Tick, Tick… BOOM! — Review


Image from Netflix

Jonathan Larson (Andrew Garfield) is an aspiring writer living in New York in 1990.

It’s 1990, and Jonathan Larson (Andrew Garfield) is an aspiring musical writer living in New York and working on his five-year-long passion project, a musical called “Superbia”. As Larson approaches his 30th birthday, he feels like his upcoming workshop for “Superbia” is his last chance to be successful. Following the late life of Larson alongside his girlfriend Susan (Alexandra Shipp), ex-roommate Michael (Robin de Jesús) and members of his band Roger (Joshua Henry) and Karessa (Vanessa Hudgens), “Tick, Tick, Boom!” is a true story of the young writer, Larson, who created the musical “Rent” before his untimely death in 1996. 

Garfield’s acting is amazing in this movie. Even though I had doubts about him from previous Spider-Man films, Garfield played this role perfectly and brought the struggles of a young writer in New York City to life. He embodies Larson’s charisma and dedication to his craft so well that the viewer even begins questioning Larson’s sanity as the movie continues. If I didn’t research it, I never would have known that Garfield is not a singer. 

Garfield has great chemistry with Robin de Jesús, I loved the scenes that included both Larson and Michael. I think their personalities complemented each other very well and made for both funny and emotional scenes, like dancing in Michael’s new apartment while Larson dreams about having enough money to afford living in such a nice place. The scene where Michael tells Larson that he is HIV-positive was very well done, and didn’t feel like it was forced to be emotional at all.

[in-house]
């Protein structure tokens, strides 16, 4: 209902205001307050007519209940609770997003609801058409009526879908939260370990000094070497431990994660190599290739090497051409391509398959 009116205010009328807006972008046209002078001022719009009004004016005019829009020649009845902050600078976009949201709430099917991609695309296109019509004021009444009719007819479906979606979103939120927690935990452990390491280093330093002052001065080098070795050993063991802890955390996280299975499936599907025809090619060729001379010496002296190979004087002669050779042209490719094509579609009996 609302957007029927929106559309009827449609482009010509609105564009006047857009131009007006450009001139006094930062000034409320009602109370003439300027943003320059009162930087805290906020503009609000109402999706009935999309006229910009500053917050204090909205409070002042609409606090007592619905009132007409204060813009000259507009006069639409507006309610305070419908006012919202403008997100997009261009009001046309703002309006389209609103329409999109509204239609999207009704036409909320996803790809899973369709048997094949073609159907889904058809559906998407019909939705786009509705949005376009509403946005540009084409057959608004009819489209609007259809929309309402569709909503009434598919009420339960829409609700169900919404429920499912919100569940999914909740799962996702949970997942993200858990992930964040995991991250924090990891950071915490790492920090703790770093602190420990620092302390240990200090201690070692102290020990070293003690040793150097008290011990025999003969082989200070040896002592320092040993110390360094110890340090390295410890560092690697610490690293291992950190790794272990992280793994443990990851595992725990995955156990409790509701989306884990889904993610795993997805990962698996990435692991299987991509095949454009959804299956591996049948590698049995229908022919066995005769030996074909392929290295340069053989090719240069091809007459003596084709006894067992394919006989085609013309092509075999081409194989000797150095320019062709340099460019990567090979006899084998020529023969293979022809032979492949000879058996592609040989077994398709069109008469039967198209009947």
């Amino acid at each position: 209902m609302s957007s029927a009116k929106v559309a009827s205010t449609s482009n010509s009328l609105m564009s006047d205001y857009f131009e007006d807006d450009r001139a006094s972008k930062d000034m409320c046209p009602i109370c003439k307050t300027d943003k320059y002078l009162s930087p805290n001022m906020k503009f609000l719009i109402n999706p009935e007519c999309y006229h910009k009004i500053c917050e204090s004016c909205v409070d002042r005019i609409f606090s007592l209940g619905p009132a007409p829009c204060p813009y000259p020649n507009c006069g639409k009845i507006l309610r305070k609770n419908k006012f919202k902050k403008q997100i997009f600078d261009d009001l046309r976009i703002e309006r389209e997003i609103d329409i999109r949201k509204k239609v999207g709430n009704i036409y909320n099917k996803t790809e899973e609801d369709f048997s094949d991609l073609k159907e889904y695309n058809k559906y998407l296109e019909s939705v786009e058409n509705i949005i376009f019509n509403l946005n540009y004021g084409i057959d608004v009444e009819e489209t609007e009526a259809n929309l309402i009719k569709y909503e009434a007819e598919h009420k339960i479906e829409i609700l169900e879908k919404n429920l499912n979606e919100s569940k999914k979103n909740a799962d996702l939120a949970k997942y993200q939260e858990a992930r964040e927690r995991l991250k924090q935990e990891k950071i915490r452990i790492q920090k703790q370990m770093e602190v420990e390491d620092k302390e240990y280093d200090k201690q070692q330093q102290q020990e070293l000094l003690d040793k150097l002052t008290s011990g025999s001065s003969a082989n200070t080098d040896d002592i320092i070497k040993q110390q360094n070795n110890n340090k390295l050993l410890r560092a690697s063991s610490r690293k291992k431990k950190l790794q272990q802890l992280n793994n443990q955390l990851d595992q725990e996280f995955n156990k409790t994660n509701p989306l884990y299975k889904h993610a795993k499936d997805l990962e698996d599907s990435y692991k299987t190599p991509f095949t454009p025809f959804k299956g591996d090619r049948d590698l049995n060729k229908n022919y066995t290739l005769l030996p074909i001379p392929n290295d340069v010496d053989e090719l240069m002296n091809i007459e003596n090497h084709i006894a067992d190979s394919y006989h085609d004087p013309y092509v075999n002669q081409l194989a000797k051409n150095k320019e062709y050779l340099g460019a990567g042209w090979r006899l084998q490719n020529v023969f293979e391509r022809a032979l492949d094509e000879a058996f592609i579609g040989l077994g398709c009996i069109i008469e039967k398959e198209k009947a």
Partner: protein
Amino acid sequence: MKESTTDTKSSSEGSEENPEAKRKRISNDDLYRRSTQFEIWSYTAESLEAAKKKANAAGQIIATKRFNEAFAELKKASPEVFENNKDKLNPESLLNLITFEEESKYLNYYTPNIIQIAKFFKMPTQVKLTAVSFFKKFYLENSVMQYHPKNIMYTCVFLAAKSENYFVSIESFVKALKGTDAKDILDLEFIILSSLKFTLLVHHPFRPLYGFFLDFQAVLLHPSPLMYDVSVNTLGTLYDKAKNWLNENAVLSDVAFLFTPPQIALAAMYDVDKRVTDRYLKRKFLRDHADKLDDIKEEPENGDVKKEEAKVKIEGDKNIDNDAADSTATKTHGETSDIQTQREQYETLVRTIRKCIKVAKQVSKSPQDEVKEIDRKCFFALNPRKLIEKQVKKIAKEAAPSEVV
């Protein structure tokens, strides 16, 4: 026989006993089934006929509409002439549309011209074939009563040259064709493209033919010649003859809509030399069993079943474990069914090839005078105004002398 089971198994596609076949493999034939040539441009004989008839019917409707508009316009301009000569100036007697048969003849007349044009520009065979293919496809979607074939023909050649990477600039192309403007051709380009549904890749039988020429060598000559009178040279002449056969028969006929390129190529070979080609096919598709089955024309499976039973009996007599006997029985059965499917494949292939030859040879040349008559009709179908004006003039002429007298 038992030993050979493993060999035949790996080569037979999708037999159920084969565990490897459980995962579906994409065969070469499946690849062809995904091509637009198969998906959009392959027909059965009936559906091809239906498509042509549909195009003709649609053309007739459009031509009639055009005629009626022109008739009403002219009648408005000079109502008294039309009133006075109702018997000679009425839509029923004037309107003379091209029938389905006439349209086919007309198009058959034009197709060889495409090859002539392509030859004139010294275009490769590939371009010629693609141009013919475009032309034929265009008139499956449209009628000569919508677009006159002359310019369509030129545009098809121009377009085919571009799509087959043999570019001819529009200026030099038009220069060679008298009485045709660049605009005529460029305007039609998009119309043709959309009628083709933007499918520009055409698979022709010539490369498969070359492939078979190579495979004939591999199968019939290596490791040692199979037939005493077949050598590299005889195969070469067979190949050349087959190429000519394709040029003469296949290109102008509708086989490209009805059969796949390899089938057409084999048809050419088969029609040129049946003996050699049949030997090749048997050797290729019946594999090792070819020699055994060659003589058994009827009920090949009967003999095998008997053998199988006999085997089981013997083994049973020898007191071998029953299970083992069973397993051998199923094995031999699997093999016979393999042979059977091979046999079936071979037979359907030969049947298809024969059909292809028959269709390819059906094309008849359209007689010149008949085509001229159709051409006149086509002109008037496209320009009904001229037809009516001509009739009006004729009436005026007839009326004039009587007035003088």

Lin-Manuel Miranda’s personality shines throughout the film under his direction. I can’t imagine this film would have been as good without Miranda as the director. As usual, he made a cameo as a chef at the diner Larson works at and also brought in “Hamilton” cast members Phillipa Soo and Renée Elise Goldsberry to make cameos as well. I’m not sure if the cameos were noticed by those who weren’t “Hamilton” fans, but for me it was a lot of fun to see all three in the film. Soo and Goldsberry even participate in a musical number as visitors at the diner. 

The musical numbers throughout the film are clearly in the style of Miranda and are lots of fun to watch and sing along to. There were times when I felt like a musical number was unnecessary or cheesy, like the songs “Why” and “Sunday,” but I feel like that is typical of most musicals. I really enjoyed both “Come to Your Senses” and “30/90,” and even started listening to them on the soundtrack after watching the film. 

My only complaint for this movie was that I thought it was a bit slow at the beginning. I felt like there was a bit of a lengthy introduction to characters that didn’t have much meaning to the plot, and I wish it had gotten into action sooner. The climactic moment where Larson finally writes the remaining song for his show while swimming seemed like a bit of a lame climax for something that had taken so long to finally happen. I wish the scene had either come sooner in the film or had been more exciting. 

I would highly recommend this movie to anybody who enjoys musicals. If you are not a musical person, I would still give it a shot, but you might not enjoy the constant singing throughout the film as much as others. However, the great acting in this film could definitely make up for it.

Final Grade: A